Pattaya Daily News

08 August 2007 :: 12:08:30 pm 22974

Baht Keeps Climbing, Sinking Thai Exporters

As British novelist Charles Dickens would say, “It’s the best of times and the worst of times.” It’s the best of times if you live in Thailand, get paid in baht, and want to visit the U.S. The baht has risen to a 10-year high against the dollar, a level last reached before the Asian financial crisis of 1997.
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But it’s the worst of times if you’re a Thai exporter, selling your goods in the U.S. or countries whose currencies are linked to the U.S. dollar. Last year alone, the baht soared 14 percent against the dollar, exacting a heavy toll on the Thai economy, where exports account for almost two-thirds of GDP.

Press reports from the region show how the rise of the baht is hurting Thai companies across broad sectors of the economy. For example, an article in this week’s China Post describes the plight of several Thai firms struggling to survive. And some are simply giving up.

Just this week, shoe-maker, Union Footwear, announced that it would close a plant, at the cost of some 2,300 lost jobs. This came after three years of losses, which the company blamed partially on the baht’s rise against the dollar.

In July, a 5,000-worker garment factory near Bangkok closed, sending economic tremors around the country. The government has previously tried to curb the baht’s rise, ordering capital controls in December, but the controls have had little effect.

Thailand’s shrimp industry, the world’s largest shrimp exporter, has also been hard hit. According to Somsak Paneethatyasai, president of the Thai Shrimp Association, exporters have suffered as the baht has risen.

Financial and bank officials hold meetings almost continuously to deal with the crisis, but many experts say that they’re wasting their time. The structure of the Thai economy shapes business toward an ever-increasing trade surplus.

In this environment, foreign cash has flowed steadily into the Stock Exchange of Thailand (SET), a net of $3.6 billion so far in 2007. This influx has increased pressure on the baht, which has been the third-strongest Asian currency this year. It follows only the Indian rupee and the Philippine peso. .

In address the baht’s rise, the Bank of Thailand (BoT) has relaxed rules on foreign currency holdings to try to halt exporters from selling their dollars. It also has begun to encourage more Thais to invest overseas.

Bigger firms are lessening their baht exposure by buying hedging contracts or changing export prices into euros. Its exchange rate has hardly budged this year.

Anusorn Muttaraid, a director of Delta Electronics, Thailand’s biggest listed electronics firm, says that his company has “no currency risk this year. “We have full-year hedging,” he notes. Last year, the firm posted a foreign exchange loss.

Japan is also helping Thailand deal with the baht’s rise. It recently announced a doubling of the amount of foreign currency reserves it provides to Thailand to prevent a financial fiasco. Under a bilateral agreement, Japan will now offer up to US$6 billion from its foreign exchange reserves to Thailand in the event of currency crisis, according to a finance ministry announcement.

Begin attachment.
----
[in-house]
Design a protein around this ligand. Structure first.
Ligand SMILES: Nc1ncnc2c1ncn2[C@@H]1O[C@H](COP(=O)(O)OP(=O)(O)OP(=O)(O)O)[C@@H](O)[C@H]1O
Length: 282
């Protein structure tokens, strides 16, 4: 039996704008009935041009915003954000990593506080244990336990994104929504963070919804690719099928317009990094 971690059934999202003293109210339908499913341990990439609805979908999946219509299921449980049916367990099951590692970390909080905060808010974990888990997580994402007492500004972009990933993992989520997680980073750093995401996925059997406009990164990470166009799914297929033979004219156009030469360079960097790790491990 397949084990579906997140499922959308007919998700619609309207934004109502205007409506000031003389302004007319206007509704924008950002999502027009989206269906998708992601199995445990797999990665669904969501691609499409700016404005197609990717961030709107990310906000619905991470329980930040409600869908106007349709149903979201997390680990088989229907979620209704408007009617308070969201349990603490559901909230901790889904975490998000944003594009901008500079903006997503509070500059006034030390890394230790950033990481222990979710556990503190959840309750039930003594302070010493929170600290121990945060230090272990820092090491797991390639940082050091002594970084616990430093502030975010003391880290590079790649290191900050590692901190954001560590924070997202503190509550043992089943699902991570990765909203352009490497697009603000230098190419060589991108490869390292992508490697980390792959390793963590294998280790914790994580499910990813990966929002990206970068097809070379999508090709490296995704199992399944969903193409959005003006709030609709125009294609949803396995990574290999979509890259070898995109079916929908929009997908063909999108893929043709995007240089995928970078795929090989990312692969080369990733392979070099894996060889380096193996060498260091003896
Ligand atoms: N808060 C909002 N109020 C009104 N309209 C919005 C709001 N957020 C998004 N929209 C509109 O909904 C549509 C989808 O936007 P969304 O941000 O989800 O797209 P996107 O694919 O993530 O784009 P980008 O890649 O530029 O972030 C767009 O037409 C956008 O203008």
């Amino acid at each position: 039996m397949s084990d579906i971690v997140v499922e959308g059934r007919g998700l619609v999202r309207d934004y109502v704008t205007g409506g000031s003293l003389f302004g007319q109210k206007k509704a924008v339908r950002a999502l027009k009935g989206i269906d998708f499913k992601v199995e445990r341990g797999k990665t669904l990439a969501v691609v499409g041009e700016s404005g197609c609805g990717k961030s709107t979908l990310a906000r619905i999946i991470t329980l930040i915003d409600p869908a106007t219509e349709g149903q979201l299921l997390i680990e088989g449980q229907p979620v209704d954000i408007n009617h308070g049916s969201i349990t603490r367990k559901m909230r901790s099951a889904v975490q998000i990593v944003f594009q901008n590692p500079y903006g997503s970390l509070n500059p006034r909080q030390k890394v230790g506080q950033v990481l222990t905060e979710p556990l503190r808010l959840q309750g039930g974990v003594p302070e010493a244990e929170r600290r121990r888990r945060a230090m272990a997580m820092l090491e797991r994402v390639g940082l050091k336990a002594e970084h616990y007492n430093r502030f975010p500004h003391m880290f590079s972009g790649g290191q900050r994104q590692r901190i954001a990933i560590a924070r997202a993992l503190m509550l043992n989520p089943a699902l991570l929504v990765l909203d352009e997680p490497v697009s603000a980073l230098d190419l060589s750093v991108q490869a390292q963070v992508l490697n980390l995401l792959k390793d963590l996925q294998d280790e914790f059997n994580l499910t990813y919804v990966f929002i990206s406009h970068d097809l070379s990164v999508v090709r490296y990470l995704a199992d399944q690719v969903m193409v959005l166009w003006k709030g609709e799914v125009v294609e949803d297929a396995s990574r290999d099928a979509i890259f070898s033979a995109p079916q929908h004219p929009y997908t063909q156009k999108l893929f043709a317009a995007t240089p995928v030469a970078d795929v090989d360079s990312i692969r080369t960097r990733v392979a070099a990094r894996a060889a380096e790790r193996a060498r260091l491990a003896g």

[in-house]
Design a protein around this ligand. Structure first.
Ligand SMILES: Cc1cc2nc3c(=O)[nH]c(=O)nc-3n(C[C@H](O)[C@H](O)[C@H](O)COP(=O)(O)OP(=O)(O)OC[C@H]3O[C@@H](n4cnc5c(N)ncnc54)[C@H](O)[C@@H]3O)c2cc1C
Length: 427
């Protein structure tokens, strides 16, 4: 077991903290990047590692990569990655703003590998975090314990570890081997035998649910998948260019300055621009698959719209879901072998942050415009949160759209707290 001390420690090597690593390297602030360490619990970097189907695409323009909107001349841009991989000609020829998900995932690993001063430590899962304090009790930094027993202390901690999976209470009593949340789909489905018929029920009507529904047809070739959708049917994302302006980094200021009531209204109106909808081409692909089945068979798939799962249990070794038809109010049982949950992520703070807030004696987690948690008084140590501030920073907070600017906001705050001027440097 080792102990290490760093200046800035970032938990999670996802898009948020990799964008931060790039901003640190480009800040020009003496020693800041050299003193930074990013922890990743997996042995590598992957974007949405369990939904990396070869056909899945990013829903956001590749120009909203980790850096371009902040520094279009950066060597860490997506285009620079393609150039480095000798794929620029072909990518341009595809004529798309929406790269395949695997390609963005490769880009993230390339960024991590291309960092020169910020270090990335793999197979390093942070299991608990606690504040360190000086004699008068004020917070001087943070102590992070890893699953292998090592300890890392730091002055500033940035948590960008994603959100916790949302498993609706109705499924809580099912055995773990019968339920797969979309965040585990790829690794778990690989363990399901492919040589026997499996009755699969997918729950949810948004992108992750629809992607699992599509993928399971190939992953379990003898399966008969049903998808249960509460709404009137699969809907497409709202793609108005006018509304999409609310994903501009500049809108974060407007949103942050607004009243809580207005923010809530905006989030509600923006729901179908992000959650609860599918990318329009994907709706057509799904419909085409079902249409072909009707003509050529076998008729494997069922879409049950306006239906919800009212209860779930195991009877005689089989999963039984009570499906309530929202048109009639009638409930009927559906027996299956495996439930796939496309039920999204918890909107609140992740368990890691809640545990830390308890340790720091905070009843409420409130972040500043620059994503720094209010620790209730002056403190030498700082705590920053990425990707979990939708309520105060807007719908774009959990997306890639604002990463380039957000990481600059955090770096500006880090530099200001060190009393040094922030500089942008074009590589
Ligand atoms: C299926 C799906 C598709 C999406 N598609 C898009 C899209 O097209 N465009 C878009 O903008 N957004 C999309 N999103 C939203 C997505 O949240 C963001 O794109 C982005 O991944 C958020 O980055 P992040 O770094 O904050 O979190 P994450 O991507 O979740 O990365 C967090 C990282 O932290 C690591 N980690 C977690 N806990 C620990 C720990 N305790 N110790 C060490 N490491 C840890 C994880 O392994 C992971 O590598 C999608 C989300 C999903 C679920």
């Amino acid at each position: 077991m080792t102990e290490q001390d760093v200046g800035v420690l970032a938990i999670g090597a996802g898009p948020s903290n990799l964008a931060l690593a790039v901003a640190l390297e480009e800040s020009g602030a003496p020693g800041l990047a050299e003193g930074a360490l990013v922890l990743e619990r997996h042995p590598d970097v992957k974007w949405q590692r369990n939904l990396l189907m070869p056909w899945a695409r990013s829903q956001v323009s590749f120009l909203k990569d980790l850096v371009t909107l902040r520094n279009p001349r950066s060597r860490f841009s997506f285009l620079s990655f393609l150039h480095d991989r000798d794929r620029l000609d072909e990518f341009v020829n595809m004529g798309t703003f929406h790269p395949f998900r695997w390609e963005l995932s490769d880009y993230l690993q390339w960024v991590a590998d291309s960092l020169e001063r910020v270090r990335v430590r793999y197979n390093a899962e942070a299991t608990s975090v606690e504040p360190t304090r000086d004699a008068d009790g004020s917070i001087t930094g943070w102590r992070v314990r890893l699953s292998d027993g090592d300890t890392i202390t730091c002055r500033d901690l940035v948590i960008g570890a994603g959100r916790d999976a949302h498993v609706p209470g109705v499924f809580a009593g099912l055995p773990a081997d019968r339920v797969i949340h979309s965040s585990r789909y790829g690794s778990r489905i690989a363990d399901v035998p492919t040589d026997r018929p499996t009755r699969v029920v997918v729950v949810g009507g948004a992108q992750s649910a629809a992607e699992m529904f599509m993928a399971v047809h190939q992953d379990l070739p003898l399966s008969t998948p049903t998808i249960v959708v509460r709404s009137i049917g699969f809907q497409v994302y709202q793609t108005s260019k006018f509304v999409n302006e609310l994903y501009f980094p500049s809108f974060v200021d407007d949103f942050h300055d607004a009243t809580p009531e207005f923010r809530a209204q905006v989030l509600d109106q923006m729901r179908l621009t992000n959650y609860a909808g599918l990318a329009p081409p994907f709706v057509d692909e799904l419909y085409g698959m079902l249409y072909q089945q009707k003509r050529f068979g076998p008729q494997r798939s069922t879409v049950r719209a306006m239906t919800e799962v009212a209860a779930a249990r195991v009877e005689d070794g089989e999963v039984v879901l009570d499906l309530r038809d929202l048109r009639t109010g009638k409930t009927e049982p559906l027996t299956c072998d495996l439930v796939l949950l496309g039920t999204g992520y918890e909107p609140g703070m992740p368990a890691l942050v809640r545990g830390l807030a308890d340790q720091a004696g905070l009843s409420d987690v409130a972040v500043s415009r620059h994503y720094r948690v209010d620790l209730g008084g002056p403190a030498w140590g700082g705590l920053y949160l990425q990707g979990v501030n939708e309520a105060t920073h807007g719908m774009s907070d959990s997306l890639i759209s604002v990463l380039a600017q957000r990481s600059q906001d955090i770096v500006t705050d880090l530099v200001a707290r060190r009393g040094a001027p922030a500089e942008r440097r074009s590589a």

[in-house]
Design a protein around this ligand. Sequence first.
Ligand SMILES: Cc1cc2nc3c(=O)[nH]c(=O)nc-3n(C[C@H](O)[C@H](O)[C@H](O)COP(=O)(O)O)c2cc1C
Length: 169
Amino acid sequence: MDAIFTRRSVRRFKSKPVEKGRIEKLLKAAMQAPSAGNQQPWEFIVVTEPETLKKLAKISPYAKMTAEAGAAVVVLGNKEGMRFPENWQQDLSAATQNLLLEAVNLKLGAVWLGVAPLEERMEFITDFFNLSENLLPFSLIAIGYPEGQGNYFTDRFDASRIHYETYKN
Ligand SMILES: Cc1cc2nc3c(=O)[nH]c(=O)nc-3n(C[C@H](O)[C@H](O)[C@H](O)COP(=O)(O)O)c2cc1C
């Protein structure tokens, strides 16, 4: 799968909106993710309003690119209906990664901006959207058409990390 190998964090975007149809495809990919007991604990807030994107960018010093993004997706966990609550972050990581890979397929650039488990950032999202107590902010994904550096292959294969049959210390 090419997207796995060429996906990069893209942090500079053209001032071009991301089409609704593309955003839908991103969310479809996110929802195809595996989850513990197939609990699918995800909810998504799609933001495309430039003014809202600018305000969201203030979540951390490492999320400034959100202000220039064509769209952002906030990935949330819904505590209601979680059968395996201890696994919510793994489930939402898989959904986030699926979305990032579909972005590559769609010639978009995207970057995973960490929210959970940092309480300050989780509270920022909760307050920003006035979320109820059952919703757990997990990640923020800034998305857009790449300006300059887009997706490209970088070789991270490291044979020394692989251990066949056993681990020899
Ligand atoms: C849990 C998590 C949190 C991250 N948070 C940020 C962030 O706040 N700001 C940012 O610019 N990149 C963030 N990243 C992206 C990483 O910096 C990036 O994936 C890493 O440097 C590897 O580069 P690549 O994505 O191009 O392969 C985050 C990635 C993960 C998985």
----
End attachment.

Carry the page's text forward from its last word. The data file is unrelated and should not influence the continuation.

Most economists are predicting that Thai export growth will retreat significantly in 2007 – from 17 percent in 2006, to 12 percent this year. To some, this may suggest that exports are doing okay. But it all depends on how you measure changes in exports. For example, exports climbed 18 in June in dollars from last year, but only some 5 percent in baht.

But the growth benefits some sectors of the Thai economy more than others. According to the BoT, the high-technology sector represents most of the export increase.

The plight of one small wood company in Lampang, 600 km (370 miles) north of Bangkok, brings the story home. The firm makes salad bowls, chopping boards and bread bins. Owner Naris Wongsanthitham, age 40, is concerned that the firm might not survive because of the baht’s rise against the dollar.

Naris now spends a lot of his day making calls to customers, asking if he can raise his prices. On the other end of business, he calls suppliers asking, if they can cut theirs. He has also asked his staff, all of them locals who have worked at the factory for years — to take a pay cut from the daily 150 baht they earn to help keep the business running.

His 14-year-old firm lost money last year on sales of 120 million baht (US$4 million). The crux of the problem was the 14 percent increase in the value of the baht against the dollar.

“Business is very bad,” he observes. “The baht is hitting us a great deal.”I’m not sure we can raise prices again. We’ve already done it a few times since last year and most customers are not happy.”

Best of times or worst of times? Sadly, for Naris and many other exporters across Thailand, the answer is the latter.

Reporter : PDN staff   Photo : Internet   Category : Business News

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